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Top Wingspan: 60 in (1525mm)
Bottom Wingspan: 58 in (1475mm)
Top Wing Area: 555 sq in (36dm2)
Bottom Wing Area: 534 sq in (34dm2)
Weight: 11.3-12.3 lb (5.1-5.5kg)
Length: 48 in (1220mm)
Requires: 2-stroke .90-1.08 cu in (15-18cc) or 4-stroke 1.20 cu in (20cc) engine, 4-channel radio w/7 servos, spinner, prop

I have owned several of these biplanes and enjoyed every minute of them. This ARF is easy to build and has excellent hardware. The only change I made was to move the tail-feather servos to the rear of the fuselage. I did this to counter-balance the engines(s) I had selected for this airplane.I tried several engines including a Saito 1.80, an MVVS 36cc gas, a BME 50, and a Tartan 50cc twin. The worst of the batch was the MVVS closely followed by the Tartan.

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The Tartan looked cool, but what a POS. It ran very un-reliable and was severly lacking performance for a glow fuel engine. It was heavy too. After 2 doggy flights it was removed.

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My next engine was an MVVS 36cc gasoline engine. This was a dog too. It couldn't get out of its own way. It weighed less than the Tartan, but it was just as big of a POS as the Tartan. This engine was so disappointing it never got off the ground. I suppose I could have bench-run the engine and discovered its painful lack of power...

I then followed up with a Saito 1.80. It flew with excellent authority. It has good vertical, and makes excellent power. The thrust is excellent and it has that deep four stroke sound. But it consumes glow fuel like it was free.

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I put about 35 flights on it with the 1.80 and it was enjoyable but it lacked the brutal power this airplane deserved. That's when I decided to install a BME 50cc gasoline engine it. The BME 50 weighs about what the Satio 1.80 weighs but it cranks out 5.0 Horsepower on gasoline and slings a 22 inch prop.. That's exactly what I'm looking for. So another engine installation was about to begin.

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The BME 50 fit nicely in the cowling considering its size. This is my last engine installation... (on this biplane) The power is incredable. It will climb out of sight at 1/4 throttle. I did re-enforce the firewall with fiberglass to support the engine and this really wasn't an option. I flew the Monster with a 22x8 wood prop and it did very well. The ground clearance is a bit close but acceptable. The Pitts Monster really came alive with this engine! The aggressive nature of this engine is perfect in the 14 pound Pitts. I can easily get 20 minute flight with the original fuel tank and still have plenty of fuel to land. I could have saved myself a lot of trouble by going with this engine in the first place, but at least I know what works & what doesn't... The exit vents are manditory to keep the big engine running cool.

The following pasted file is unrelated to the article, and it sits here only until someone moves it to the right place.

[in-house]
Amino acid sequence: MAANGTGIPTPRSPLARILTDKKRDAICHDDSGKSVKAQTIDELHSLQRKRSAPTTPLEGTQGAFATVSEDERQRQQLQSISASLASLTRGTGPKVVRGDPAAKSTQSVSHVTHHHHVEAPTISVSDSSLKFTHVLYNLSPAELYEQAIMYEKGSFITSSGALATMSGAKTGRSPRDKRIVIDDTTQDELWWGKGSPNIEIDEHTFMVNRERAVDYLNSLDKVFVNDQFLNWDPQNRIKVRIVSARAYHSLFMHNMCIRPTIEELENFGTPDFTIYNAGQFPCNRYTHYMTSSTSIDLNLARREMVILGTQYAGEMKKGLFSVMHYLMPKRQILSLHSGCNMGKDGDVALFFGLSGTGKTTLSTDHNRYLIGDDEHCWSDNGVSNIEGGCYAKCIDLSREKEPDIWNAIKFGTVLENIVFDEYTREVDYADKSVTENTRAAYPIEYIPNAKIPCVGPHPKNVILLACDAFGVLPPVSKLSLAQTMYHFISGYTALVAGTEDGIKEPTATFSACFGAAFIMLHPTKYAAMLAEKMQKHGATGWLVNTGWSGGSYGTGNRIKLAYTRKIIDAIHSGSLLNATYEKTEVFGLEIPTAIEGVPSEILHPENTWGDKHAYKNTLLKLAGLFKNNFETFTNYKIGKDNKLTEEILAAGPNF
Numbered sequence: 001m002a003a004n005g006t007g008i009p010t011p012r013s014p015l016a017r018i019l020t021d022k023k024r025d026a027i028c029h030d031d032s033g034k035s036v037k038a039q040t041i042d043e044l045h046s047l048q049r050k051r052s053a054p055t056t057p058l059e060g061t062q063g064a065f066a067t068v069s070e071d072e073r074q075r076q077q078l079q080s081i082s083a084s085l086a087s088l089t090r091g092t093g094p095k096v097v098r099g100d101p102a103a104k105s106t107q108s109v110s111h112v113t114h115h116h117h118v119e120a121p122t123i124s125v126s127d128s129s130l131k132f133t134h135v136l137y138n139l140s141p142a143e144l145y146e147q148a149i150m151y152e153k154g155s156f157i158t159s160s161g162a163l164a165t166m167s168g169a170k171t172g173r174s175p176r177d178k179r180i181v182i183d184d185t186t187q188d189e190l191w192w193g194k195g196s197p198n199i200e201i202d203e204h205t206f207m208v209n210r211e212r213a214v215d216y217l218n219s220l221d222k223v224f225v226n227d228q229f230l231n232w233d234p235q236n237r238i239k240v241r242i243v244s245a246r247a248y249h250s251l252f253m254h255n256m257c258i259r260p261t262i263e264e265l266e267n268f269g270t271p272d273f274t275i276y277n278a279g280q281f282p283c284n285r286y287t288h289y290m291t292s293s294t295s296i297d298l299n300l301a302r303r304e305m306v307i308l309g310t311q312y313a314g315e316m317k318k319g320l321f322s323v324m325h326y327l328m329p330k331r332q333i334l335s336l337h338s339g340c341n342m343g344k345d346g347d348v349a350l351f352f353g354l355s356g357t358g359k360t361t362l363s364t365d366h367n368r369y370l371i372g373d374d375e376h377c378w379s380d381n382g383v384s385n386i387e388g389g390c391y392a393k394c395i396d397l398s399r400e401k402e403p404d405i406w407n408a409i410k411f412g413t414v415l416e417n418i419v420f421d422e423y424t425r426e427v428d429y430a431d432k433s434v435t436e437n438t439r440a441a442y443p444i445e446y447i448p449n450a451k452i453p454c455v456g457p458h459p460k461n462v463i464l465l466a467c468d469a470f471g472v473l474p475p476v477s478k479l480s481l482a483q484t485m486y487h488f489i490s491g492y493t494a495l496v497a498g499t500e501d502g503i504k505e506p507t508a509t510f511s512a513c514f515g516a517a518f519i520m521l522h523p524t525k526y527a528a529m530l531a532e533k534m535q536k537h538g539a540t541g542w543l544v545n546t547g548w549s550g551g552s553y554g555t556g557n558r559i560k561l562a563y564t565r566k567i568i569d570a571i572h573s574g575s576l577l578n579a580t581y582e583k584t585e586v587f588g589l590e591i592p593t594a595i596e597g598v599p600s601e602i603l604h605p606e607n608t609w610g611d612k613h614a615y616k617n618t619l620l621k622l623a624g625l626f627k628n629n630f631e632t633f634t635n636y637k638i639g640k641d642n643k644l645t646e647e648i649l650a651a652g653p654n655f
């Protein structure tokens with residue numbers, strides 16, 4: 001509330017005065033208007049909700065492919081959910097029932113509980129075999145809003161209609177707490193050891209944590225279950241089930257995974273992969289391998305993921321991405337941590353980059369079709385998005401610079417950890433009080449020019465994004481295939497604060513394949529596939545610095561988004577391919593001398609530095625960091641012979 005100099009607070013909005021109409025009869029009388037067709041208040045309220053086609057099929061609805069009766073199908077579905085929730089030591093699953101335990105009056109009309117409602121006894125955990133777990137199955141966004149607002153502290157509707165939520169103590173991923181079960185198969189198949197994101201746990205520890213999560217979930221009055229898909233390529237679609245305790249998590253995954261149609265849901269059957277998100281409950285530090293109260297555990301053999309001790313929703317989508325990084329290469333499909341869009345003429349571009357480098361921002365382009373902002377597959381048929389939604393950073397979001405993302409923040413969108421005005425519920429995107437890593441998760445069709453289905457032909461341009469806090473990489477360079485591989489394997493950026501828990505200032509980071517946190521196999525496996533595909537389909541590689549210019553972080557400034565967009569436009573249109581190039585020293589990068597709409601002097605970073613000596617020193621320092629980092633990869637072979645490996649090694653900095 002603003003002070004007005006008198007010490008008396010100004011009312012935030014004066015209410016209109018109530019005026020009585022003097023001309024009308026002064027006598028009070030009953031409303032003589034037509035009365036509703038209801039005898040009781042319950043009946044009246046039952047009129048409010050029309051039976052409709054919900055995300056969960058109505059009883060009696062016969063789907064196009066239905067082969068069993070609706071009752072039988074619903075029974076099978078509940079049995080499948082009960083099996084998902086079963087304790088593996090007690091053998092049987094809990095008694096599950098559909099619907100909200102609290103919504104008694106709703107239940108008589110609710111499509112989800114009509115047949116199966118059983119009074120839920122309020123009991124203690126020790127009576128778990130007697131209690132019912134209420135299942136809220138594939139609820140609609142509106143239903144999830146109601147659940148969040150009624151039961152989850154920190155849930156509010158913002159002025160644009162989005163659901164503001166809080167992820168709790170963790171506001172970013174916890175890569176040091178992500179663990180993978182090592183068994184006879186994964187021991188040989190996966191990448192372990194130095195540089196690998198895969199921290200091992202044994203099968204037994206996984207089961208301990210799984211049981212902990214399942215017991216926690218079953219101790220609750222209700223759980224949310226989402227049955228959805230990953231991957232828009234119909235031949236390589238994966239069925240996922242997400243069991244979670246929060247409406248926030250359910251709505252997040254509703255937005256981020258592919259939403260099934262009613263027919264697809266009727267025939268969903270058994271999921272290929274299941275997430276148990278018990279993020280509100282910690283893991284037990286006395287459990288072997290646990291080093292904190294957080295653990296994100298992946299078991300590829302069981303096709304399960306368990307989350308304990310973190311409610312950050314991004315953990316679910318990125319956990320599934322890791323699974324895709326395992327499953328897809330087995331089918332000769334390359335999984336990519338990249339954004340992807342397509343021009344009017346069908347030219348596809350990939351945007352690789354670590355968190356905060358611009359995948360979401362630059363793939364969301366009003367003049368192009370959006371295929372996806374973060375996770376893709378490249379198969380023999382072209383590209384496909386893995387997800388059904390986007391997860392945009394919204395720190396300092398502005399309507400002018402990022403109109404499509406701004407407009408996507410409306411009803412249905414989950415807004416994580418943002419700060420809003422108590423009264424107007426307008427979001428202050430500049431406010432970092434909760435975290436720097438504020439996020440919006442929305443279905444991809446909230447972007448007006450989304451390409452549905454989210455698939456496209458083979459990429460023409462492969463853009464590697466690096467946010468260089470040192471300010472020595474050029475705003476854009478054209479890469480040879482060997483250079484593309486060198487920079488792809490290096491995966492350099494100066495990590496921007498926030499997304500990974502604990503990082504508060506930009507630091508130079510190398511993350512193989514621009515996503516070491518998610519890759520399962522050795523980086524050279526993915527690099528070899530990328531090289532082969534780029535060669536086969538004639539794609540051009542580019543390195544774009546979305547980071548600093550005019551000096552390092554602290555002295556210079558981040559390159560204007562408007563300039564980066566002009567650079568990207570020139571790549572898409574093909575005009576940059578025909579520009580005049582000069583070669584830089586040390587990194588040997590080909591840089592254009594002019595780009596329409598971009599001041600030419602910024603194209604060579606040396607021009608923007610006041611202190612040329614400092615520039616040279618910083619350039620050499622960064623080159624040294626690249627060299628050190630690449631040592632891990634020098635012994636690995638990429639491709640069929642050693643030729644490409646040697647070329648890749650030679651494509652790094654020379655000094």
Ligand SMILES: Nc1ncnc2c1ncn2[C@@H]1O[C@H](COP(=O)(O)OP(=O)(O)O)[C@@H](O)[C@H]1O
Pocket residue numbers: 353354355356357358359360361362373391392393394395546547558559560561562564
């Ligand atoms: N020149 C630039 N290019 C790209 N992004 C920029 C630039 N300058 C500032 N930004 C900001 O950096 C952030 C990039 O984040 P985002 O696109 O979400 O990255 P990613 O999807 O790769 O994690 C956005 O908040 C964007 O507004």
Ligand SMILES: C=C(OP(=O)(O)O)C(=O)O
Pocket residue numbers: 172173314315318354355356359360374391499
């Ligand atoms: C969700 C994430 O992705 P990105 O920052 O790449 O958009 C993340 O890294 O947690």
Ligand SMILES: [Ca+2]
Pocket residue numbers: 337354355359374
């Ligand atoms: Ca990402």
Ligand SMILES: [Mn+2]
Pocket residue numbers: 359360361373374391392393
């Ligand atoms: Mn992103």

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This photo is my taxi out for flight number 88 on the BME 50. I just love this biplane! Notice the monster 22" prop, it only takes 1/4 throttle and about 2 feet of runway to get airborn. The aerobatics are crisp, clean, and precise. This is without a doubt a hotshot pilots airplane. Its awesome looks, active controls. and massive power  gives me full command of the sky... I guess that's why it was dubbed the "Lone Ranger".

Another Pitts Monster is about to immerge from my lab. This one will be powered by an OS 1.60 FX engine. This engine is powerful and light, as compared to the BME 50. It won't have the brutal takeoff accelleration of the BME but it should be super aggressive none the less.

EDITORS NOTE: This aircraft is not for the faint of heart, or novice pilot. Even with the recommended engine and CG balance, its tracking nature can be most unforgiving. In other words, it goes precisely where its aimed. I'd also like to note here that I have 37 years of RC modeling under my belt. DO NOT attempt to over-power this airplane without making the necessary structural re-enforcements. If you feel the need for brutal power, e-mail me and I'll gladly detail the REQUIRED changes to the airframe.